One of North America’s largest art museums paid tribute to the late David Blackwood last week as the Newfoundland artist’s creative works were on display for a day-long event at the Museum of Ontario Fine Arts.
Julian Cox, Deputy Director and Chief Curator, says the AGO is blessed with the largest collection of Blackwood prints in Canada. He said Blackwood’s relationship with the city of Toronto and the gallery dates back to 1959, when the artist enrolled at the Ontario College of Art and Design.
“He spent a lot of his free time in the galleries here at the AGO, which at the time was called the Art Gallery of Toronto,” Cox told CBC News in a recent interview.
“He was deeply inspired by our collection here and that’s where his journey as a budding young artist really began.”
Cox said what Blackwood created over the next five decades was one of the most extraordinary sets of prints by any Canadian artist.
Blackwood was born and raised in Wesleyville on the north coast of Newfoundland, but spent most of his adult life in Ontario. He died July 2 at his home in Port Hope, Ontario. He was 80 years old.
In 1999 Blackwood made a great contribution to the gallery. He donated over 200 prints to the AGO.
“So we have an extraordinary collection that shows in depth his accomplishments as a printmaker and, above all, his kind of love affair with the province in which he was born and raised,” Cox said.
“We also have his papers and archives, which means several dozen sketchbooks, drawings, preparatory drawings and also many books and library items which were a deep source of passion and inspiration for his art. “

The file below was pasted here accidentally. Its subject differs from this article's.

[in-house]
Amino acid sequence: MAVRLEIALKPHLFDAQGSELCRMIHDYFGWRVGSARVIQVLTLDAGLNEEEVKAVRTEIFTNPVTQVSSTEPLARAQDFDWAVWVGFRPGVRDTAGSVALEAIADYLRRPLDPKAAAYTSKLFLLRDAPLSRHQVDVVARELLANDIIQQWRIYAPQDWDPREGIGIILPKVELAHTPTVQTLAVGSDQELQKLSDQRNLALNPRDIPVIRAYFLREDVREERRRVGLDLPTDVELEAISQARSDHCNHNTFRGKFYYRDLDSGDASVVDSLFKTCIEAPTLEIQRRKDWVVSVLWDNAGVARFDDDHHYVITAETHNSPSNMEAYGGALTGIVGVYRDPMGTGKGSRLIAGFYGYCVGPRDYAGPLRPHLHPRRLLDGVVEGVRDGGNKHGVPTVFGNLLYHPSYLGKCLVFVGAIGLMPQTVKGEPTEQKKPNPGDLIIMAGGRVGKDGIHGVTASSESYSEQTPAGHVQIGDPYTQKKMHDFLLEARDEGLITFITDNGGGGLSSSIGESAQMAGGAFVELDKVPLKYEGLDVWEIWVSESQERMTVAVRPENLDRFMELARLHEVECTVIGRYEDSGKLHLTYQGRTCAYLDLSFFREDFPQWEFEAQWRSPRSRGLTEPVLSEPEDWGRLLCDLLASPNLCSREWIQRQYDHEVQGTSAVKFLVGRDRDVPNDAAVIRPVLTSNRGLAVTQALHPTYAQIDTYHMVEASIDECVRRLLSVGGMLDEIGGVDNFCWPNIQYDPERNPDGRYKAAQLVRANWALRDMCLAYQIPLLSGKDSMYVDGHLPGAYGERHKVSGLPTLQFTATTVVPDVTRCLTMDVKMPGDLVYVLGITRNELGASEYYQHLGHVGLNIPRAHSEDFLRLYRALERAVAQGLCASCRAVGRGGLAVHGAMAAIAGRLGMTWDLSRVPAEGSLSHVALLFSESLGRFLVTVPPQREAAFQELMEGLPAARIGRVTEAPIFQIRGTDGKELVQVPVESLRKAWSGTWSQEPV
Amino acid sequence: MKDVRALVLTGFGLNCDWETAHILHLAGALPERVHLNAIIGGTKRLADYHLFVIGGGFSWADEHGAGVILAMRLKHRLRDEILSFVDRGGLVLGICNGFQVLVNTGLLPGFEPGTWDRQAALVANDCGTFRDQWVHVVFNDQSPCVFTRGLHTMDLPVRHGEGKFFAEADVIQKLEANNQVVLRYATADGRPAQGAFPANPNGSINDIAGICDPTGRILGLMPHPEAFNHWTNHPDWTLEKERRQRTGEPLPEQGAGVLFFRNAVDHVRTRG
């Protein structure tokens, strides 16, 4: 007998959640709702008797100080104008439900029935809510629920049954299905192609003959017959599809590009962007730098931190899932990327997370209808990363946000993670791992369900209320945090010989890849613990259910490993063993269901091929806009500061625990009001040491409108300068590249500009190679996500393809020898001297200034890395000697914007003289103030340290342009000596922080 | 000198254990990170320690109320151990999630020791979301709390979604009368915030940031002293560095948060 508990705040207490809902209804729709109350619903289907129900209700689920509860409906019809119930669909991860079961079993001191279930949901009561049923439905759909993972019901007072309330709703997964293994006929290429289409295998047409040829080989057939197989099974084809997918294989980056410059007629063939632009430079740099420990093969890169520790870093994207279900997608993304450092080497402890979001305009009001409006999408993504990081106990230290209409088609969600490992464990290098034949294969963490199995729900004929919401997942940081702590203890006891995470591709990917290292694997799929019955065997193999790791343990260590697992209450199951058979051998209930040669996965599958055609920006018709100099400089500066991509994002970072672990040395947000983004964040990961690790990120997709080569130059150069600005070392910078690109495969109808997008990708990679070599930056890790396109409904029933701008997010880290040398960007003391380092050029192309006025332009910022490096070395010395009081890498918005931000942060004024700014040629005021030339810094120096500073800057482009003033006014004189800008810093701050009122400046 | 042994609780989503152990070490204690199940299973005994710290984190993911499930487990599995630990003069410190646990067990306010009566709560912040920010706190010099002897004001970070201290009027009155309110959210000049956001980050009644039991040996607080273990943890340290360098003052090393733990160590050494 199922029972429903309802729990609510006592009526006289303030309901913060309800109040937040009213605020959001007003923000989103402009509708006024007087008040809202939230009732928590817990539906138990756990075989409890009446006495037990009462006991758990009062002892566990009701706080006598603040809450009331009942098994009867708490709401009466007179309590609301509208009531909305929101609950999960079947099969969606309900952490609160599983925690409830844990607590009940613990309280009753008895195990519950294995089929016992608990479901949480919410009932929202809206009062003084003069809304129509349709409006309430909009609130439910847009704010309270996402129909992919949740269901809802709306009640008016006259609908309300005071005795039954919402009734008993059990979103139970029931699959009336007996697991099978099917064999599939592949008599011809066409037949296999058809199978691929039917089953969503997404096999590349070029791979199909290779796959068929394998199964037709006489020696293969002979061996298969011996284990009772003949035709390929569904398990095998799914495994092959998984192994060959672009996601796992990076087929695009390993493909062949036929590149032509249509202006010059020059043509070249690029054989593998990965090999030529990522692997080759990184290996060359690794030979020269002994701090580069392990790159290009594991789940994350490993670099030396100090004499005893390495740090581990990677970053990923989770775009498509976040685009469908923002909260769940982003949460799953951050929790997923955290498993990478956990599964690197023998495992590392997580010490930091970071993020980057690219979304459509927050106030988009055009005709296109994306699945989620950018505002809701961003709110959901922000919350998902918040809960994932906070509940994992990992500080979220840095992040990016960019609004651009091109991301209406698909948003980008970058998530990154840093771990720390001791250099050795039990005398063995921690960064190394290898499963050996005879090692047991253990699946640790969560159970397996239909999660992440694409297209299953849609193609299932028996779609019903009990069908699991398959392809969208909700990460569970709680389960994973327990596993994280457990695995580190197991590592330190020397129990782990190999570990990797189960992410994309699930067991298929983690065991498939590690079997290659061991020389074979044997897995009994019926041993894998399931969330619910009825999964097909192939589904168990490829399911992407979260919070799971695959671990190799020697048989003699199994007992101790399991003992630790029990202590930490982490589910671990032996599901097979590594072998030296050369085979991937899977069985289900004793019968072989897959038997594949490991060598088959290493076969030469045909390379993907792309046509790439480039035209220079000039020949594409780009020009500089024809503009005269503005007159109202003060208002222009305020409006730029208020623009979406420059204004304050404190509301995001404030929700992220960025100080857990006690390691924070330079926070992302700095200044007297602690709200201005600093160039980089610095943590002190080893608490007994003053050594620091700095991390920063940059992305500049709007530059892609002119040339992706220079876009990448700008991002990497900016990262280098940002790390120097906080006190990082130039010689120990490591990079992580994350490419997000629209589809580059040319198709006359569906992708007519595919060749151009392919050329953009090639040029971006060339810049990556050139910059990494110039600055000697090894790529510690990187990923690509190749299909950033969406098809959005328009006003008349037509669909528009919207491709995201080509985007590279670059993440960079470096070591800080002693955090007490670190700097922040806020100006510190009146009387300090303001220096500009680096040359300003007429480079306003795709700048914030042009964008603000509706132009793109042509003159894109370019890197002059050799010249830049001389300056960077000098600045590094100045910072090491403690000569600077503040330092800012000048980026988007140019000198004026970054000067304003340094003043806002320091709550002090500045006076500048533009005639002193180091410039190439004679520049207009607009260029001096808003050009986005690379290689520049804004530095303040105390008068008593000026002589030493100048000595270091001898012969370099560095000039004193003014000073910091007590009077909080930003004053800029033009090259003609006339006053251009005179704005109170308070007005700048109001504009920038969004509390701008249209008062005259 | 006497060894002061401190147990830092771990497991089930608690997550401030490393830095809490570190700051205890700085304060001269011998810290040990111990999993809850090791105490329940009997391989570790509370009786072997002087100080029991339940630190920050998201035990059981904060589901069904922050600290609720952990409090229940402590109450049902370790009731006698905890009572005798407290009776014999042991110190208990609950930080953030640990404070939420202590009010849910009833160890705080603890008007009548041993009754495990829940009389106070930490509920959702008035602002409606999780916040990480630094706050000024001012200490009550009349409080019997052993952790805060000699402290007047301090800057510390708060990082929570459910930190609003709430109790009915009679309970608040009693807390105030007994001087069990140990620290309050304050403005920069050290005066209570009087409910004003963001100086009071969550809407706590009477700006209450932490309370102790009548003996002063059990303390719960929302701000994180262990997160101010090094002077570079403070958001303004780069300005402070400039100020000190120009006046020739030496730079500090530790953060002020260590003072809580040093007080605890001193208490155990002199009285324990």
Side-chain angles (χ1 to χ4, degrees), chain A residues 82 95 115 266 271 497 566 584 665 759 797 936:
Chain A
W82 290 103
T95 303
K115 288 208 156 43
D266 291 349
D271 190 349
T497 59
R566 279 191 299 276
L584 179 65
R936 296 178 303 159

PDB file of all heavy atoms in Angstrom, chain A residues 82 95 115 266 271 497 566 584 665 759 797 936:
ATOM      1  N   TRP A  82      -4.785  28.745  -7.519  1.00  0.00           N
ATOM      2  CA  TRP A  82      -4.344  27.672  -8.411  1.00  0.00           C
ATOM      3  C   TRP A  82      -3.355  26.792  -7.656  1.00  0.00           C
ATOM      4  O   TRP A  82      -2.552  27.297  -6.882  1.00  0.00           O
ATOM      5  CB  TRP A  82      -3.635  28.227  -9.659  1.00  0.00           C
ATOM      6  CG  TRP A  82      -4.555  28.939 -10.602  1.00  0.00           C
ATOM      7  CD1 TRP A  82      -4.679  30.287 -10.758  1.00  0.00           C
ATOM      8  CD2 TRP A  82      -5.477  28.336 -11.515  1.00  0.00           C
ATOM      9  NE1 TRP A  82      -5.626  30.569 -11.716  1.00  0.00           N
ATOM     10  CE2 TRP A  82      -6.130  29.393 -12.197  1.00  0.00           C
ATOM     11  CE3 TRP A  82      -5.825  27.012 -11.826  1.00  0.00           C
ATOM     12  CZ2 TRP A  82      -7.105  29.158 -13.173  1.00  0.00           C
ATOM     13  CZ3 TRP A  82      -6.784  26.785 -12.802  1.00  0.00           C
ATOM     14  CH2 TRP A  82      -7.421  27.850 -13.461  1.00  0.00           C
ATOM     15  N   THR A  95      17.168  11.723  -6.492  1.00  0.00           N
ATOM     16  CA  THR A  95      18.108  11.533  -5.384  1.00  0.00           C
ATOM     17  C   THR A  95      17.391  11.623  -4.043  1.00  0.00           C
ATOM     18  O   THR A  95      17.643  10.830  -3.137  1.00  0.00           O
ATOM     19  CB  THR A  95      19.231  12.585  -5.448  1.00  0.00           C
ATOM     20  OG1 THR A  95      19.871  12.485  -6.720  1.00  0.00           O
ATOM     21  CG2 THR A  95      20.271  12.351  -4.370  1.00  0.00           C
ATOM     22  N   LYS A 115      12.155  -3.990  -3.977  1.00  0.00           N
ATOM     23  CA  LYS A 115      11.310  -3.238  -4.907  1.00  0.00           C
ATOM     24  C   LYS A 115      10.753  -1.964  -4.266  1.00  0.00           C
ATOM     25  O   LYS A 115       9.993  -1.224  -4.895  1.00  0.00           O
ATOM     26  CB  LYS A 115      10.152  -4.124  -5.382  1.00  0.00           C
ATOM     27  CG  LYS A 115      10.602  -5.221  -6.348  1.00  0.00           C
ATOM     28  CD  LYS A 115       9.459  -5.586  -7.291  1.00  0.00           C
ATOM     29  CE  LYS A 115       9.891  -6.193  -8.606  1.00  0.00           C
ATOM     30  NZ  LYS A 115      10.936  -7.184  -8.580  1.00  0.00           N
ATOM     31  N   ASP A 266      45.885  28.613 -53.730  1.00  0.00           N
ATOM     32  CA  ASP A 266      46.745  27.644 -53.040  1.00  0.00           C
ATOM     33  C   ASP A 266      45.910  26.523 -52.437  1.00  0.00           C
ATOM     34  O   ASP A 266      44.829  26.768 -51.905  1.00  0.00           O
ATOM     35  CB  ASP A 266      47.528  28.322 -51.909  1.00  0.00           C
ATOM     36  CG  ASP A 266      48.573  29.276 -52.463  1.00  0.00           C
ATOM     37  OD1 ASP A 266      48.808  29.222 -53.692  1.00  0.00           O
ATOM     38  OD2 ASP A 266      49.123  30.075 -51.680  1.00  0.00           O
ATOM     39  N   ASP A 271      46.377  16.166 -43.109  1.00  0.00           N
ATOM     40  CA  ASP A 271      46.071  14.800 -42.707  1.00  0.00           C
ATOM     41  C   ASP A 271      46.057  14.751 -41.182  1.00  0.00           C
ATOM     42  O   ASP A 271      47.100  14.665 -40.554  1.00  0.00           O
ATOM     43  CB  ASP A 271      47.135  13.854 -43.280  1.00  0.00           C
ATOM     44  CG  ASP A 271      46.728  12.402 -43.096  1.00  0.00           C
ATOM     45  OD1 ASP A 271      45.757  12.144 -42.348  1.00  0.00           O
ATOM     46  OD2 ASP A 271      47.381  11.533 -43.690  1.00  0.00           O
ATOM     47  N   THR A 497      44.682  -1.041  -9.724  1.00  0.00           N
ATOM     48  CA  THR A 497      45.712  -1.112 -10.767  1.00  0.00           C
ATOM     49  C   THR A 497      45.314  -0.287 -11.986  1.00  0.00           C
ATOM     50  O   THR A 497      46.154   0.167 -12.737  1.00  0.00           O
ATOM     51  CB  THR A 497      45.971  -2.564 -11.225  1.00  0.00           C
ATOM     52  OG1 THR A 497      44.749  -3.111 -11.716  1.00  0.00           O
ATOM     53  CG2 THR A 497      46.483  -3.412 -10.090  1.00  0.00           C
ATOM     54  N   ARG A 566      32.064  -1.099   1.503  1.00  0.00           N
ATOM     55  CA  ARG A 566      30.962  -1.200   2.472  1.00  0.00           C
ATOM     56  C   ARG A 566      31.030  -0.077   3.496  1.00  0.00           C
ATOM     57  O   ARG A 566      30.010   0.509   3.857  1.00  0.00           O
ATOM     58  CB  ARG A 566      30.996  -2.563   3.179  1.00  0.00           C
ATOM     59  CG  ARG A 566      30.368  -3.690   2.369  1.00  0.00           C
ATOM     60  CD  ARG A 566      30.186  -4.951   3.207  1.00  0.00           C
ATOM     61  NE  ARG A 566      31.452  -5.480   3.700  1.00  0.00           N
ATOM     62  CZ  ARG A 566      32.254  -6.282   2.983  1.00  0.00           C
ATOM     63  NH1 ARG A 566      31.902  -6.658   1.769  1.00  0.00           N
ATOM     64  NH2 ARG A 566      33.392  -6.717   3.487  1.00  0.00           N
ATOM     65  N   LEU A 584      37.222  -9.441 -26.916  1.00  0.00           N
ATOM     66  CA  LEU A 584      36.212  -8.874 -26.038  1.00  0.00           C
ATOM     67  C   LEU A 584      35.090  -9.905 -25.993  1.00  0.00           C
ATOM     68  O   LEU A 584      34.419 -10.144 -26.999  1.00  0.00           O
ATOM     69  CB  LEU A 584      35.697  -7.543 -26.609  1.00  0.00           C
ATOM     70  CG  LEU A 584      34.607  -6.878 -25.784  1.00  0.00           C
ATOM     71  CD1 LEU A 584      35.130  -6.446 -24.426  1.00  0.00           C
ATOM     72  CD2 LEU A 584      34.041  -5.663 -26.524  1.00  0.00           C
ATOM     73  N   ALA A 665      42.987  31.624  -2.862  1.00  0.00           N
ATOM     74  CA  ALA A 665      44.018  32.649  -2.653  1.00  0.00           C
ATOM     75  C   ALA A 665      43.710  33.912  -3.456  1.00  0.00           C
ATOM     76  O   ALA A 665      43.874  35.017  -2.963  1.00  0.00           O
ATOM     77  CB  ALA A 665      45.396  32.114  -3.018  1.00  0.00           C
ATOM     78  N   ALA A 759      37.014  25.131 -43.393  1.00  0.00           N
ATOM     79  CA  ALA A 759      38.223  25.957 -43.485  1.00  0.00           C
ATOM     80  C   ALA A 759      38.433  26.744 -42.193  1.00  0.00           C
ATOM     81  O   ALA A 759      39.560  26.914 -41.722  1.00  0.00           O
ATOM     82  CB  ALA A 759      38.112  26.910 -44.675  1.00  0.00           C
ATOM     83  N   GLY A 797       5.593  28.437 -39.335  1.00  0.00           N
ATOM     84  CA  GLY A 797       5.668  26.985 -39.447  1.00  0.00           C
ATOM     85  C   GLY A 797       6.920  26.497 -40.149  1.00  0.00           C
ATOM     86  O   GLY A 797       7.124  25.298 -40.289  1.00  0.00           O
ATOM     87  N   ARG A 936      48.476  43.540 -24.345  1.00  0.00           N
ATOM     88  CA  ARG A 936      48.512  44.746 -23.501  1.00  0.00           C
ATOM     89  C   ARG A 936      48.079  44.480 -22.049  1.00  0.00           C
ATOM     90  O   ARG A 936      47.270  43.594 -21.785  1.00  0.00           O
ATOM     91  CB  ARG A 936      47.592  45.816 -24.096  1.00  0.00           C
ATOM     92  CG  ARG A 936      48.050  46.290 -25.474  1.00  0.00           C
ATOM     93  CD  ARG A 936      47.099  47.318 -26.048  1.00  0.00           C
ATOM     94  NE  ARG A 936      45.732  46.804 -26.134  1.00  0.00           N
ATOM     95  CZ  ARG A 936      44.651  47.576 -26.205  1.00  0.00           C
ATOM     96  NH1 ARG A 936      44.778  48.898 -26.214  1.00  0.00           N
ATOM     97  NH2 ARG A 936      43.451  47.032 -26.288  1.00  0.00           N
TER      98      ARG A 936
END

A long-standing relationship
Cox said the AGO’s long-term relationship with Blackwood has inspired past exhibits focused on Newfoundland and Labrador, despite being more than 2,000 kilometers away.
He said Blackwood also helped shape the gallery’s archives.
“We truly are the destination for the study and appreciation of the art of David Blackwood,” he said.
“This is not only an extraordinary contribution to the Art Gallery of Ontario and the Province of Ontario, but to Canada as a country. One of our deepest commitments is to collect and preserve works by Canada’s most important artists and David Blackwood really fits into that category.”
Cox said Blackwood was an intense and meticulous student of art history, drawing inspiration from the biggest names in craft history to perfect his own works.
In light of Blackwood’s death, Cox said the AGO wanted to honor him with free viewing of his collection.
“We’re looking at sort of other projects that we can do with his work in the future to appropriately commemorate his contribution to Canadian art,” he said.
“Our goal is always to preserve and make accessible the work of our great artists.”
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